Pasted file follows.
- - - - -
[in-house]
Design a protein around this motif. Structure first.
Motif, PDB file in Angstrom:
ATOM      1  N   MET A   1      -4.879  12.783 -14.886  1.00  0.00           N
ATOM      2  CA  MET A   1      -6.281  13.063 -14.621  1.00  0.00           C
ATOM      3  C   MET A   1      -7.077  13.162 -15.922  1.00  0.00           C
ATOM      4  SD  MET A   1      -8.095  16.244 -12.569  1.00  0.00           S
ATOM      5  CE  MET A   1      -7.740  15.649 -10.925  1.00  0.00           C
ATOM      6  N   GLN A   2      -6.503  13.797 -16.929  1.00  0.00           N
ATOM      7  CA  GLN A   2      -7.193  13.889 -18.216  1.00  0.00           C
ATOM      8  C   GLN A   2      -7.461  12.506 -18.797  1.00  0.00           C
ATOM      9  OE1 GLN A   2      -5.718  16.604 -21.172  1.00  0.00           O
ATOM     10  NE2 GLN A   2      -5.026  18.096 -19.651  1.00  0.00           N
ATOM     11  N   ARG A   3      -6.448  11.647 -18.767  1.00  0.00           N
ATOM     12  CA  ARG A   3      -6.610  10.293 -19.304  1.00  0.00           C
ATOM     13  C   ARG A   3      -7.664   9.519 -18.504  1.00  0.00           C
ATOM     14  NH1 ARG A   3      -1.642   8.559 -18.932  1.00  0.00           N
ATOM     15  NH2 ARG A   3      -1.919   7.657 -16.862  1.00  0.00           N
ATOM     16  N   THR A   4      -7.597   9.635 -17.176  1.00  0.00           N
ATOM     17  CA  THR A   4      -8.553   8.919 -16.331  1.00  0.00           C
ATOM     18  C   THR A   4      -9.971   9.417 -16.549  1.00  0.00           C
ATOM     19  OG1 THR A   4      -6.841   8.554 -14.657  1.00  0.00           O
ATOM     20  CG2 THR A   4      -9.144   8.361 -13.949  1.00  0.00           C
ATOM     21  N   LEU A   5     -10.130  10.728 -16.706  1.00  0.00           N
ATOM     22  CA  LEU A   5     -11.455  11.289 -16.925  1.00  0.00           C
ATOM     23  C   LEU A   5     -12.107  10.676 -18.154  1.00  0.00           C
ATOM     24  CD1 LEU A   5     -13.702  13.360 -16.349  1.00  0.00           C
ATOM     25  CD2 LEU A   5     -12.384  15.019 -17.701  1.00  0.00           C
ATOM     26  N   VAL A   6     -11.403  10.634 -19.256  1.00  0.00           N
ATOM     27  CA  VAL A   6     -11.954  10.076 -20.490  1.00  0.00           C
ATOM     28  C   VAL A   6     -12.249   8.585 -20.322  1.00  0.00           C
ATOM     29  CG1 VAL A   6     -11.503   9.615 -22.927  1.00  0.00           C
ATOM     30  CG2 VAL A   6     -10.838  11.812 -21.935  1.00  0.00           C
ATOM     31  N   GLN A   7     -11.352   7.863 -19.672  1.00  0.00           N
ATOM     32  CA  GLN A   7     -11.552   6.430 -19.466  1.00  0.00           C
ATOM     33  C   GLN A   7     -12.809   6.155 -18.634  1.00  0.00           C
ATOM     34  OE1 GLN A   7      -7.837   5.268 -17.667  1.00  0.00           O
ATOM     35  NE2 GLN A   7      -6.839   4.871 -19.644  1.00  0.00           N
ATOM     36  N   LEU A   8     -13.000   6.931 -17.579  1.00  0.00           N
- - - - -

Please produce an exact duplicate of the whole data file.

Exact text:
[in-house]
Design a protein around this motif. Structure first.
Motif, PDB file in Angstrom:
ATOM      1  N   MET A   1      -4.879  12.783 -14.886  1.00  0.00           N
ATOM      2  CA  MET A   1      -6.281  13.063 -14.621  1.00  0.00           C
ATOM      3  C   MET A   1      -7.077  13.162 -15.922  1.00  0.00           C
ATOM      4  SD  MET A   1      -8.095  16.244 -12.569  1.00  0.00           S
ATOM      5  CE  MET A   1      -7.740  15.649 -10.925  1.00  0.00           C
ATOM      6  N   GLN A   2      -6.503  13.797 -16.929  1.00  0.00           N
ATOM      7  CA  GLN A   2      -7.193  13.889 -18.216  1.00  0.00           C
ATOM      8  C   GLN A   2      -7.461  12.506 -18.797  1.00  0.00           C
ATOM      9  OE1 GLN A   2      -5.718  16.604 -21.172  1.00  0.00           O
ATOM     10  NE2 GLN A   2      -5.026  18.096 -19.651  1.00  0.00           N
ATOM     11  N   ARG A   3      -6.448  11.647 -18.767  1.00  0.00           N
ATOM     12  CA  ARG A   3      -6.610  10.293 -19.304  1.00  0.00           C
ATOM     13  C   ARG A   3      -7.664   9.519 -18.504  1.00  0.00           C
ATOM     14  NH1 ARG A   3      -1.642   8.559 -18.932  1.00  0.00           N
ATOM     15  NH2 ARG A   3      -1.919   7.657 -16.862  1.00  0.00           N
ATOM     16  N   THR A   4      -7.597   9.635 -17.176  1.00  0.00           N
ATOM     17  CA  THR A   4      -8.553   8.919 -16.331  1.00  0.00           C
ATOM     18  C   THR A   4      -9.971   9.417 -16.549  1.00  0.00           C
ATOM     19  OG1 THR A   4      -6.841   8.554 -14.657  1.00  0.00           O
ATOM     20  CG2 THR A   4      -9.144   8.361 -13.949  1.00  0.00           C
ATOM     21  N   LEU A   5     -10.130  10.728 -16.706  1.00  0.00           N
ATOM     22  CA  LEU A   5     -11.455  11.289 -16.925  1.00  0.00           C
ATOM     23  C   LEU A   5     -12.107  10.676 -18.154  1.00  0.00           C
ATOM     24  CD1 LEU A   5     -13.702  13.360 -16.349  1.00  0.00           C
ATOM     25  CD2 LEU A   5     -12.384  15.019 -17.701  1.00  0.00           C
ATOM     26  N   VAL A   6     -11.403  10.634 -19.256  1.00  0.00           N
ATOM     27  CA  VAL A   6     -11.954  10.076 -20.490  1.00  0.00           C
ATOM     28  C   VAL A   6     -12.249   8.585 -20.322  1.00  0.00           C
ATOM     29  CG1 VAL A   6     -11.503   9.615 -22.927  1.00  0.00           C
ATOM     30  CG2 VAL A   6     -10.838  11.812 -21.935  1.00  0.00           C
ATOM     31  N   GLN A   7     -11.352   7.863 -19.672  1.00  0.00           N
ATOM     32  CA  GLN A   7     -11.552   6.430 -19.466  1.00  0.00           C
ATOM     33  C   GLN A   7     -12.809   6.155 -18.634  1.00  0.00           C
ATOM     34  OE1 GLN A   7      -7.837   5.268 -17.667  1.00  0.00           O
ATOM     35  NE2 GLN A   7      -6.839   4.871 -19.644  1.00  0.00           N
ATOM     36  N   LEU A   8     -13.000   6.931 -17.579  1.00  0.00           N